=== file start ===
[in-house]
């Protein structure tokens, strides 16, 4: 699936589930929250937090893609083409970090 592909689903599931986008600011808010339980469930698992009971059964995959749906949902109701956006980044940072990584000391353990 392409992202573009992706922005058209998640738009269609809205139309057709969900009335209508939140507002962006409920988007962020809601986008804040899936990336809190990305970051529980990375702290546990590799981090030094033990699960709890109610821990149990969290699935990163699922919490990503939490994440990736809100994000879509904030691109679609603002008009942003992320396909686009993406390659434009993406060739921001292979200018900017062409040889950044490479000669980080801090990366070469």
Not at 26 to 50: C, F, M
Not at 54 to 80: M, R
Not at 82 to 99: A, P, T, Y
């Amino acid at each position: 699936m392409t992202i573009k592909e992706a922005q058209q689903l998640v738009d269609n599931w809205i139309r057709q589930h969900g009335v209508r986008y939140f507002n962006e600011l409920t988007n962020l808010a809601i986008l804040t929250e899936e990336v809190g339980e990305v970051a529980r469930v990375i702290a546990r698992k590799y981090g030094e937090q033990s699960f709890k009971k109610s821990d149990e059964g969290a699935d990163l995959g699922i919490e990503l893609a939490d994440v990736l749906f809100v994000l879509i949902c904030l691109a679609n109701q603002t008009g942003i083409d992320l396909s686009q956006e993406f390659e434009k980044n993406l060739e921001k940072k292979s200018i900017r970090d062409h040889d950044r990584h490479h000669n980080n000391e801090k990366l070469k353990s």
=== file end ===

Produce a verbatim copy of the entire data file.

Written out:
[in-house]
């Protein structure tokens, strides 16, 4: 699936589930929250937090893609083409970090 592909689903599931986008600011808010339980469930698992009971059964995959749906949902109701956006980044940072990584000391353990 392409992202573009992706922005058209998640738009269609809205139309057709969900009335209508939140507002962006409920988007962020809601986008804040899936990336809190990305970051529980990375702290546990590799981090030094033990699960709890109610821990149990969290699935990163699922919490990503939490994440990736809100994000879509904030691109679609603002008009942003992320396909686009993406390659434009993406060739921001292979200018900017062409040889950044490479000669980080801090990366070469």
Not at 26 to 50: C, F, M
Not at 54 to 80: M, R
Not at 82 to 99: A, P, T, Y
């Amino acid at each position: 699936m392409t992202i573009k592909e992706a922005q058209q689903l998640v738009d269609n599931w809205i139309r057709q589930h969900g009335v209508r986008y939140f507002n962006e600011l409920t988007n962020l808010a809601i986008l804040t929250e899936e990336v809190g339980e990305v970051a529980r469930v990375i702290a546990r698992k590799y981090g030094e937090q033990s699960f709890k009971k109610s821990d149990e059964g969290a699935d990163l995959g699922i919490e990503l893609a939490d994440v990736l749906f809100v994000l879509i949902c904030l691109a679609n109701q603002t008009g942003i083409d992320l396909s686009q956006e993406f390659e434009k980044n993406l060739e921001k940072k292979s200018i900017r970090d062409h040889d950044r990584h490479h000669n980080n000391e801090k990366l070469k353990s």